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Honor Oak or Honour Oak?

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Joined 15-04-2006
Posted on Thursday, 19 July, 2007 - 07:11 pm:   

I always took Honor Oak to be the traditional spelling - however Ive just been looking at some old maps and its spelled Honour! (look in the bottom left)

Can anyone explain that?

if you want more, more maps here
Joined 09-02-2007
Posted on Friday, 20 July, 2007 - 09:31 am:   

Spellings change over time. When most name places were coined, there was no standardised spelling, then that dictionary bloke came along and picked the most commonly used spelling (or randomly plucked one out of his olde-worlde hat, depending on your view) and things stuck. You might also have had differently named places depending upon who was in power at the time (the French, the Vikings, the Romans, the Britons), and then one of them eventually stuck.

Or something :)
Joined 24-10-2006
Posted on Saturday, 21 July, 2007 - 05:29 pm:   

A good answer, Nevermodern, but I can add a couple of facts. On Mayday 1602 Queen Elizabeth "went amayenge to Sir Richard Buckley's at Lewisham". Sir Richard lived at the long-demolished Place House, near the junction of Perry Hill and Catford Hill. Tradition has it that the party went to One Tree Hill and the Queen sat beneath the tree on the summit. As early as 1609 the tree was referred to as "the Oke of Honor" although for over a century both spellings were used indiscriminately. Eventually the older spelling became approved, although the word is still occasionally misspelt.
Joined 19-05-2004
Posted on Monday, 23 July, 2007 - 05:41 pm:   

So Steve, why is the Ye Old Oke of Honor (aka St Germains pub) actually in Forest Hill? Or do the James/Jamies know something that we don't

And where does Blythe Hill come from?
Joined 21-04-2005
Posted on Tuesday, 24 July, 2007 - 09:42 am:   

I read somewhere that Blythe means 'windy.'
Joined 17-03-2005
Posted on Tuesday, 24 July, 2007 - 11:16 am:   

I think this has been covered elsewhere. If I recall correctly, what is now Honour Oak was considered part of Forest Hill, and only later was a distinction made.

As for Blythe, it could mean joyous (as in she was a blithe spitit). Maybe some shenanigans went on there once upon a time.
Joined 09-01-2007
Posted on Tuesday, 24 July, 2007 - 11:58 am:   

I think Blyth may be from the old english blithe - the gentle or pleasnt one
Joined 24-10-2006
Posted on Tuesday, 24 July, 2007 - 12:49 pm:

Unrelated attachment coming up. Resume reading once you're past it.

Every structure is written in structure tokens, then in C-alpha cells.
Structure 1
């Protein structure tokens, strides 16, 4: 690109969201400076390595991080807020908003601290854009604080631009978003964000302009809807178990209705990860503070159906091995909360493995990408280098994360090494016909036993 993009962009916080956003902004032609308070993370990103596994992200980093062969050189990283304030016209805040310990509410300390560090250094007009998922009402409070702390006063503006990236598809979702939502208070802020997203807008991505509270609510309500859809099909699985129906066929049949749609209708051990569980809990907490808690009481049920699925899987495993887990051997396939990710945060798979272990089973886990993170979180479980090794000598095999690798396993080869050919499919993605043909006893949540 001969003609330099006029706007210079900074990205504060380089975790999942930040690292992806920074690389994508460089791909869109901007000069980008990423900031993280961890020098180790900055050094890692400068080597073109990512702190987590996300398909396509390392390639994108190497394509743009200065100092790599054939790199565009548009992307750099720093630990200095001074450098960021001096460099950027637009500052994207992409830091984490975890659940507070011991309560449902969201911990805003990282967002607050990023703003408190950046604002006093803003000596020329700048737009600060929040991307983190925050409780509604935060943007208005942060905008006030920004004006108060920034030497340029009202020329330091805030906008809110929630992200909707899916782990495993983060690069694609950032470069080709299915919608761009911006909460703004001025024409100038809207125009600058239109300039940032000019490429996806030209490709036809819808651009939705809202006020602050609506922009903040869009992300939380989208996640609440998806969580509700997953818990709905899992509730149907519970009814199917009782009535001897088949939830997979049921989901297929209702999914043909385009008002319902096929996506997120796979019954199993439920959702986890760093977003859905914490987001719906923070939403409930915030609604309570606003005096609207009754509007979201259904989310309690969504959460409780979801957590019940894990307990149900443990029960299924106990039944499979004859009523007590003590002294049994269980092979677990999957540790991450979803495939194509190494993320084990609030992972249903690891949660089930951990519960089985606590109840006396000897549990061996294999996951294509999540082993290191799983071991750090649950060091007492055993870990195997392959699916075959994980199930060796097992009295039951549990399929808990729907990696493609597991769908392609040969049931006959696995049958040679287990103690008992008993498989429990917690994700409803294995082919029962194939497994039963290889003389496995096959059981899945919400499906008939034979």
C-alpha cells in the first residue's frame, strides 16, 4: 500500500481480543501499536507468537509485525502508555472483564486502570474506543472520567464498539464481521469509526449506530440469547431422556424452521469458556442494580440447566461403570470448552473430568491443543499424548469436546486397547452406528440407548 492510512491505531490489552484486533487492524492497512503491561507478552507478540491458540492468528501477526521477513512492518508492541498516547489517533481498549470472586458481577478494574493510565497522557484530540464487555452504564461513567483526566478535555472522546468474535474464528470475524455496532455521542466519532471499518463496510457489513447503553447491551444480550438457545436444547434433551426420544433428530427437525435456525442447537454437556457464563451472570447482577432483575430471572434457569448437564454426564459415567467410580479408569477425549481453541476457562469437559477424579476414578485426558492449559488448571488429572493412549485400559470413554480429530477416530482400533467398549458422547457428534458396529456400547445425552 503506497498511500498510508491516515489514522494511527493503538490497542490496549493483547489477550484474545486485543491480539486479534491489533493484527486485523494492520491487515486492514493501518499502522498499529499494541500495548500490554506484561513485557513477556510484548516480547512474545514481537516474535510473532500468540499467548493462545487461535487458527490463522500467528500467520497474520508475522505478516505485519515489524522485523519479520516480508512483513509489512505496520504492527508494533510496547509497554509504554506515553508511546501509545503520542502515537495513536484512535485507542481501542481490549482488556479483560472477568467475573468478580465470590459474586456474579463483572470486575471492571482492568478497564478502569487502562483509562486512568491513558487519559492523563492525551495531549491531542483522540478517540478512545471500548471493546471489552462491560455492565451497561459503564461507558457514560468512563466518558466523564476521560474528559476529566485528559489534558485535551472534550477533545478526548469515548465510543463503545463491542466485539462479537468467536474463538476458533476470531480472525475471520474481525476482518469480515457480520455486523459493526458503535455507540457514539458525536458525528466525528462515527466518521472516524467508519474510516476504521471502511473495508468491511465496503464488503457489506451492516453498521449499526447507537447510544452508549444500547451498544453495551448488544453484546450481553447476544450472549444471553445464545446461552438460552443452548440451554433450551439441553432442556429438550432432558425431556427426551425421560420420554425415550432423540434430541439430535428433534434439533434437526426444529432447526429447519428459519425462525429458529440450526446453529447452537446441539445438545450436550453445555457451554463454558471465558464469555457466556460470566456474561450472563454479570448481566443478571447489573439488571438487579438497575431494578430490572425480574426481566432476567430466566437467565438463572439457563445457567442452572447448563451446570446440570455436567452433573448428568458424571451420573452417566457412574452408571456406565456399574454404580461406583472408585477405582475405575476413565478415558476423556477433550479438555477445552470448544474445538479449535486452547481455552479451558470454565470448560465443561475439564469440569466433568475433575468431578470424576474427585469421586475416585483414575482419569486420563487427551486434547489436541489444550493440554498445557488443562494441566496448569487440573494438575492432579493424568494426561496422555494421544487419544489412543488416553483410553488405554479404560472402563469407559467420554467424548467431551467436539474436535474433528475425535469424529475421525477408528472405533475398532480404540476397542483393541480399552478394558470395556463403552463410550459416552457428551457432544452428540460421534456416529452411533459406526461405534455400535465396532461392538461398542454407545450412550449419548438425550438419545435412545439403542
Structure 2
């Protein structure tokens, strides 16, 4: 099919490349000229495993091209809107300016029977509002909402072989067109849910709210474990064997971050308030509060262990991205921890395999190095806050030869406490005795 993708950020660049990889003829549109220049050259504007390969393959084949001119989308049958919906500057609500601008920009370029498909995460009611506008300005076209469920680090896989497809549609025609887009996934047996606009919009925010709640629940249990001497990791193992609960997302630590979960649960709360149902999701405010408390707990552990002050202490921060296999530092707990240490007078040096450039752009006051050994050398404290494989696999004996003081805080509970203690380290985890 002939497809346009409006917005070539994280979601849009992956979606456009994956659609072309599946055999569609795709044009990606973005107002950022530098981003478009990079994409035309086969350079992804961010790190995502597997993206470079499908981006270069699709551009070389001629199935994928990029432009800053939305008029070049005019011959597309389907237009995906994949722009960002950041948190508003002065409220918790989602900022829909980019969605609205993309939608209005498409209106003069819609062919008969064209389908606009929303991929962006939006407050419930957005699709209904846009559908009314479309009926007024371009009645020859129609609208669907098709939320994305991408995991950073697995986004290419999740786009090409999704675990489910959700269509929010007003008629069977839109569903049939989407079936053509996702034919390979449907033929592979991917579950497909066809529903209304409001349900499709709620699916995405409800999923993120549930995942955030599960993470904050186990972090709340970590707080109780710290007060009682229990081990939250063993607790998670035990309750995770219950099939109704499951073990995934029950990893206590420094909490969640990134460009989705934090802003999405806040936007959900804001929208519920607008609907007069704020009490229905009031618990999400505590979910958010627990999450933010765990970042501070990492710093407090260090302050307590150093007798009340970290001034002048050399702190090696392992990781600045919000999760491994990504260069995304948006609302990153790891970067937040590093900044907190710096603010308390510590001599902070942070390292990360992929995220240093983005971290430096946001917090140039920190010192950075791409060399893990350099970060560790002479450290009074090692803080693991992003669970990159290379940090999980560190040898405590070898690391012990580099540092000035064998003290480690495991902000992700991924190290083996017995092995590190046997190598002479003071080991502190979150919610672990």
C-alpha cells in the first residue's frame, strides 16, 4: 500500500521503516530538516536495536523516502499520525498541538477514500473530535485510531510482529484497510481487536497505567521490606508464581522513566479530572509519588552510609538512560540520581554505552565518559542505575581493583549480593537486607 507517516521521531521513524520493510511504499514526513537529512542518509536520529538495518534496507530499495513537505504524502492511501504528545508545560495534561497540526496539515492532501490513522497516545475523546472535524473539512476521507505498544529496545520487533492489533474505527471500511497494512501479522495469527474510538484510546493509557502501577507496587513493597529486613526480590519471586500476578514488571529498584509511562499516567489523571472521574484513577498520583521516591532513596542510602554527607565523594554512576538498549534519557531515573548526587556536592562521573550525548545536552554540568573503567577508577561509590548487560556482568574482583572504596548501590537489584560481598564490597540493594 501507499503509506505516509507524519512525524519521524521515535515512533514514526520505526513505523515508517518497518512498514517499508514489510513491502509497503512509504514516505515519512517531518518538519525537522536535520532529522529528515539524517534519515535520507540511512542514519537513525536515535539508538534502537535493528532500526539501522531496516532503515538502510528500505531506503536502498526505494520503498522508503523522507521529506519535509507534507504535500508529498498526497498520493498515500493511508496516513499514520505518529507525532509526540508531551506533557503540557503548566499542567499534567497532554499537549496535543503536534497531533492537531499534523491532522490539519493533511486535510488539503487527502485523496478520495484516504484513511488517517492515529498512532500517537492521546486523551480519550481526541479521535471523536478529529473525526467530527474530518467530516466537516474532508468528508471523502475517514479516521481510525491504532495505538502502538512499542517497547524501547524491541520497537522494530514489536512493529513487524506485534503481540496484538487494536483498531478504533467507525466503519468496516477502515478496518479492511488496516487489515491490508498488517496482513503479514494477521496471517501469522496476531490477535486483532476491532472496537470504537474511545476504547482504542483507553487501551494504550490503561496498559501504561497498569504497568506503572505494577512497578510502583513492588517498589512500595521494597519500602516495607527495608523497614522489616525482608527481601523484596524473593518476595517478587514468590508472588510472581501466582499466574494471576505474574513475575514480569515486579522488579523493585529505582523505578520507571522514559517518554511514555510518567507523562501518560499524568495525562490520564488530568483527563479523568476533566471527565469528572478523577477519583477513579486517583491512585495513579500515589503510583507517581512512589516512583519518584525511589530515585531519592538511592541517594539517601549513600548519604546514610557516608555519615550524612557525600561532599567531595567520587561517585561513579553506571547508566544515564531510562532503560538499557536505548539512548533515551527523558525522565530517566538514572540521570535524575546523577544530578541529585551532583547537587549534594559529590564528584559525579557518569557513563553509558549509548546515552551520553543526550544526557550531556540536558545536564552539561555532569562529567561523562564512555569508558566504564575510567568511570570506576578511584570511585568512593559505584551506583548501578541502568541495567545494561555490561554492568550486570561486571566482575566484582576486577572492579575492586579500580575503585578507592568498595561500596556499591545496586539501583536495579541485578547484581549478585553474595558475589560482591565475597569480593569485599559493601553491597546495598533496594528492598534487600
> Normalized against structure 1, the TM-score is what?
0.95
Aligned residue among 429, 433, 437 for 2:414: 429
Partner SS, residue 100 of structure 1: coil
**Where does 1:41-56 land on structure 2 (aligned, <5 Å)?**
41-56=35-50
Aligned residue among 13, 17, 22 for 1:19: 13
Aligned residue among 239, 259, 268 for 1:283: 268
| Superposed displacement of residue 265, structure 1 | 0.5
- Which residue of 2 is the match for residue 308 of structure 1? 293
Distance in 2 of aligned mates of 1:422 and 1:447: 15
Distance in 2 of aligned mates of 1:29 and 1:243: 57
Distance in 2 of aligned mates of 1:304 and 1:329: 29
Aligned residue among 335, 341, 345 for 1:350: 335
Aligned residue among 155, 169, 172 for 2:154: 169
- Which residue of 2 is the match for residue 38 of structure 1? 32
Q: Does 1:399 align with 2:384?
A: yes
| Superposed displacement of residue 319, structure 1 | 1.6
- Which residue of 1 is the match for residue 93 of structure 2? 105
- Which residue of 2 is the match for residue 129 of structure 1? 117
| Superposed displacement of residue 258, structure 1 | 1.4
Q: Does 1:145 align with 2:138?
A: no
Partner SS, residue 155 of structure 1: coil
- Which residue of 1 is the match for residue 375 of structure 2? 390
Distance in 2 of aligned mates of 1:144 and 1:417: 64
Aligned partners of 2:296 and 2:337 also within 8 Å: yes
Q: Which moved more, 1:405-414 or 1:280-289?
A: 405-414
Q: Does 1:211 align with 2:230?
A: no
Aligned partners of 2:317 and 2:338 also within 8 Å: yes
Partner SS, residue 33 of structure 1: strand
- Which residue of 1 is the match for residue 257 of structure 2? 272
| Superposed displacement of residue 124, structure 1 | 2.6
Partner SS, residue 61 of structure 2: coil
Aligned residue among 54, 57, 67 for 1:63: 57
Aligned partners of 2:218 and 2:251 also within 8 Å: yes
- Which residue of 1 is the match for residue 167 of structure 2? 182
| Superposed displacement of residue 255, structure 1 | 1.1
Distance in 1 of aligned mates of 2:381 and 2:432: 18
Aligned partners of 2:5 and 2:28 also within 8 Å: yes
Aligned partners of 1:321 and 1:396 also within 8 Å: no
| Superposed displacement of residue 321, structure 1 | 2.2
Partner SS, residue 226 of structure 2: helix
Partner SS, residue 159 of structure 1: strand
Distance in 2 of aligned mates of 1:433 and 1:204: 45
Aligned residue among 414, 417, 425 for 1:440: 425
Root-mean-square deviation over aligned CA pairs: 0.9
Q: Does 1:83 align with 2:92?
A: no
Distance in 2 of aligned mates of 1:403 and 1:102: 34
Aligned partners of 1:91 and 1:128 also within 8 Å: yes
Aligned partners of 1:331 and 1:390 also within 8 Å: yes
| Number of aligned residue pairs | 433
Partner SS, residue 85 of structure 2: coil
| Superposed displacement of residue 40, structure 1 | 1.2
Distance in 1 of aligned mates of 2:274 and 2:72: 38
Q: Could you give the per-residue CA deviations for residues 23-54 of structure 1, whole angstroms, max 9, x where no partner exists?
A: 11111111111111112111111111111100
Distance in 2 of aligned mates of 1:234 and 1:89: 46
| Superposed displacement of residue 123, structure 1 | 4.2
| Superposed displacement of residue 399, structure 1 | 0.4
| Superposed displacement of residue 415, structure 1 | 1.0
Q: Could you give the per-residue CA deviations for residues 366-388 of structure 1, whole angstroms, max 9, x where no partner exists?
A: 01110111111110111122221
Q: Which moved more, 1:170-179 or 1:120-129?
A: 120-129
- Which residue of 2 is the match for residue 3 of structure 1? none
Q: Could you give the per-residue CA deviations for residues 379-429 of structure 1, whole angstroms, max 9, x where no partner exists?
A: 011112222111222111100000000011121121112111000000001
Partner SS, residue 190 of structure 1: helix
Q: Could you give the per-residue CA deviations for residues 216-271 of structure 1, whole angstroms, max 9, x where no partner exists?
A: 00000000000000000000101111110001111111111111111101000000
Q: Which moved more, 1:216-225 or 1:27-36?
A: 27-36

Blythe Hill Tavern was built and first licensed in 1866. It took its name from the lane which in turn was named after a house at the top of the lane. I have found no evidence that the hill was called Blythe Hill before the house appeared. I suspect, in view of the rather whimsical meanings suggested above, that the name originated from the house.

Blythe Close now covers the site of Blythe House, which was possibly built ca.1830 and demolished in the 1890s. In 1843 it was one of only four of five buildings along the whole length of Stanstead Road; the rest was fields.

Although at this time the lane was merely a drive leading to the house, it is actually much, much older. It had previously been part of a field path that continued on over the hill to Brockley. However, a book published in 1973 suggested that there was a Roman Road that branched off from the Old Kent Road (Watling Street) and "crossed Brockley Rise at St Hilda's Church and made straight for Blythe Hill it then [continued] to the Pool River".
Joined 23-02-2005
Posted on Tuesday, 24 July, 2007 - 01:07 pm:   

Apparently there was a lot of brick making going on in Blythe Hill Lane at some point.
Joined 24-10-2006
Posted on Tuesday, 24 July, 2007 - 01:21 pm:   

You're right, Andy, except the brickworks was actually on the field:
They made the bricks for many of the houses in the area.
Joined 18-04-2005
Posted on Tuesday, 24 July, 2007 - 01:21 pm:   

There was brickmaking going on all over in Victorian era. Apparently nearly all Victorian houses built of local brick ( or so I have been informed ) . They knew about the environment in those days
Joined 09-02-2007
Posted on Tuesday, 24 July, 2007 - 01:38 pm:   

Yes, they knew so much about the environment that most of london was regularly engulfed in smog which meant you could hardly see and the thames was so full of effluent you could barely breathe!
Joined 09-01-2007
Posted on Tuesday, 24 July, 2007 - 02:07 pm:   

Ah well you've got to eat a peck of dirt before you die

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